Crypto-currencies are causing wide reflection about the future of financial services, among both market participants and regulators, writes Richard Metcalfe, Head of Regulatory Affairs, WFE.
So, when the WFE moderated a conference panel on the topic of exchanges, regulation and crypto-currencies in London in November, there were plenty of questions to address. The UK authorities were certainly out in force, announcing the outcome of a crypto task force, which would see much closer scrutiny of the phenomenon.
While the City & Financial Global conference was strictly speaking about currencies, it inevitably spilled over into questions about other forms of digital asset, including the rapidly emerging trend of tokenisation – rendering assets such as shares in digital form. And there was the now customary issue of whether the truly interesting bit was not so much the latest coin and its related platform but the underlying blockchain technology – the much vaunted yet little implemented mutually distributed ledger.
Still currencies were front and centre. And platforms said they welcomed regulation. But it quickly became clear that this does not necessarily mean the same as regulation in the world of equity or bonds. For one thing, even ‘real’, fiat currencies are not directly regulated, at least where spot transactions are concerned. So, there is no ready template for crypto-currencies, which themselves do not even pass the usual tests for a currency: being a store of value or a unit of account. As a show of hands demonstrated (and this at a conference with plenty of open crypto-enthusiasts), they are barely used as a means of payment, even if first converted to a regular currency.
Against this confused backdrop, a theme that emerged was that, ‘If it walked like duck and looked like a duck, then it should be treated like a duck… and regulated as such’. In other words, the more crypto-currencies or other virtual assets were used like established forms of fund-raising and asset, the more regulation could and should subject them to the same strictures.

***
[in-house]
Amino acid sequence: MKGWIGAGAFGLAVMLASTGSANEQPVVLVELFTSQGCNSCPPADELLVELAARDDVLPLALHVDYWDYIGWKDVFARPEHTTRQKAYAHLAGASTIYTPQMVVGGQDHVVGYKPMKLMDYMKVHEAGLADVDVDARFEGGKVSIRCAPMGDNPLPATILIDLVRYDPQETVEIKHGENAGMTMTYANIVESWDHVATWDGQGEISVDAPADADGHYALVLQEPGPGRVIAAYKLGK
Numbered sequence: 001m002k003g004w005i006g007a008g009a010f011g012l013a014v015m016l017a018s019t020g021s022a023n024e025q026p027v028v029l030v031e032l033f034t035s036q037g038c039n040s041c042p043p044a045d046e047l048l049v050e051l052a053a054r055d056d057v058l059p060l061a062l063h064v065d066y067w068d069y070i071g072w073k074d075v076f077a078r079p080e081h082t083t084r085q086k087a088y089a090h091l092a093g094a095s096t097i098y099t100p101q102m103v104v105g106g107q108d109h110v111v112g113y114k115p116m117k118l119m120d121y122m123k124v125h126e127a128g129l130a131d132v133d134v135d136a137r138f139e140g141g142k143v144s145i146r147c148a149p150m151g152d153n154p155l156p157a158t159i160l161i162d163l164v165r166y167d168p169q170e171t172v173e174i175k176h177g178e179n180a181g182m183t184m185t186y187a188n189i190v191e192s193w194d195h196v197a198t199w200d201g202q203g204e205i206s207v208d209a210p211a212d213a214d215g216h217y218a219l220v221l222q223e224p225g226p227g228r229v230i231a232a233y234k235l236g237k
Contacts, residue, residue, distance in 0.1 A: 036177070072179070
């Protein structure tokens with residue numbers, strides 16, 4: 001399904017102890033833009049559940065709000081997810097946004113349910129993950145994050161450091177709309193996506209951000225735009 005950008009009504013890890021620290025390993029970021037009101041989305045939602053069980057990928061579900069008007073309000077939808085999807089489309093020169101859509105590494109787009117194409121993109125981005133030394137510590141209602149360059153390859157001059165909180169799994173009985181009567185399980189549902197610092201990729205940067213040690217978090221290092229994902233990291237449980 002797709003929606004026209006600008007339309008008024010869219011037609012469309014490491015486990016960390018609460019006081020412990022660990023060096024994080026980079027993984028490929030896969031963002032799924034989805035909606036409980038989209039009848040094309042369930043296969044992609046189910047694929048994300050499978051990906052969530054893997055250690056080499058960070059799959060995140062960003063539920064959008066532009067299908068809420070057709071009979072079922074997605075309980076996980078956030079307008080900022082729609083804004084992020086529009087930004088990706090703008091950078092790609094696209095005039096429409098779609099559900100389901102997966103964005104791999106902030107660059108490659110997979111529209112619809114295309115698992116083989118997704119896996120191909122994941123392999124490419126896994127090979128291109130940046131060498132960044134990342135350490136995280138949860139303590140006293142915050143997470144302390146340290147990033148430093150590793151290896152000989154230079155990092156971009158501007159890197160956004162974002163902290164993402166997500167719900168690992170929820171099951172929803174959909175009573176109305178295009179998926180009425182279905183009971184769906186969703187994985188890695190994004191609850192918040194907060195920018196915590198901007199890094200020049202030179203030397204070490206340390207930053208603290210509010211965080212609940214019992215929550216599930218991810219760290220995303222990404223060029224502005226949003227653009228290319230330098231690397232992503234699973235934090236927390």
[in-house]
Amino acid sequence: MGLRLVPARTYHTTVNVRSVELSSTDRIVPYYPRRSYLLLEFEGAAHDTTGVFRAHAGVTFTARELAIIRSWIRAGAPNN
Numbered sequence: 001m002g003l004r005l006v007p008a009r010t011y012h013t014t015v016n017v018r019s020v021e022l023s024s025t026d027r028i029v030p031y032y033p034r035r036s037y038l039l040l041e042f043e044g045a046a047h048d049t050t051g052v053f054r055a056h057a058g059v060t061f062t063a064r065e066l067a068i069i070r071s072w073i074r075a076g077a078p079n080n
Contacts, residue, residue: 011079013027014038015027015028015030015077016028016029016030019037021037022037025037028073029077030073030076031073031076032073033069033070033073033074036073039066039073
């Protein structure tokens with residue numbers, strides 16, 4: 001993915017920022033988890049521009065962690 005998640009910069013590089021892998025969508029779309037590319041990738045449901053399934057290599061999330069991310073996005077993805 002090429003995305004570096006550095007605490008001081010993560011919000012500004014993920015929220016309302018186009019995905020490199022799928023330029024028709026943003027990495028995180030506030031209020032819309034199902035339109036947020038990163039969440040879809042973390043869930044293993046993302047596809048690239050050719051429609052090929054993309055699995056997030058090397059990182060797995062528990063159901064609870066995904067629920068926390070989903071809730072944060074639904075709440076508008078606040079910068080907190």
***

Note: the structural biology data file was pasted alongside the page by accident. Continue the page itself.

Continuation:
But the problems are rather more fundamental. The crypto-currency industry is emerging from a period when fraud, market manipulation and bubbles have loomed too large. Questions were asked about the risks to sanctions regimes. Regulators are taking note of the evolution and uniformly proclaiming support for innovation. Equally, though, they are alert to risks of consumer detriment, market integrity (particularly price discovery) and even systemic issues (if a run on a crypto-currency proves significant enough).
The evangelists argue that bitcoin and the rest are The Future; the millennial way of doing things; that regulators and the press do not understand them. It all sounds very derivatives circa 2000. But the platforms did speak eloquently of forward-looking national regulatory regimes (Malta and Gibraltar as well as Switzerland) and of the revolution in micro-payments in Africa.
The FCA appears unmoved. It announced plans to consult – before the end of 2018 – on the regulatory perimeter. It has already warned that derivatives on crypto-currencies are caught by MiFID, much as the US authorities have. Which leaves a big-picture question about international standards and coherence. The international standard setting bodies in Basel including the FSB are watching, particularly the interaction between cryptos and the banking system, but are not planning on stepping in yet. The reality, therefore, is likely to be a patchwork for some time to come. In this world, it seems traditional exchanges have a huge opportunity to lend credibility to the crypto field.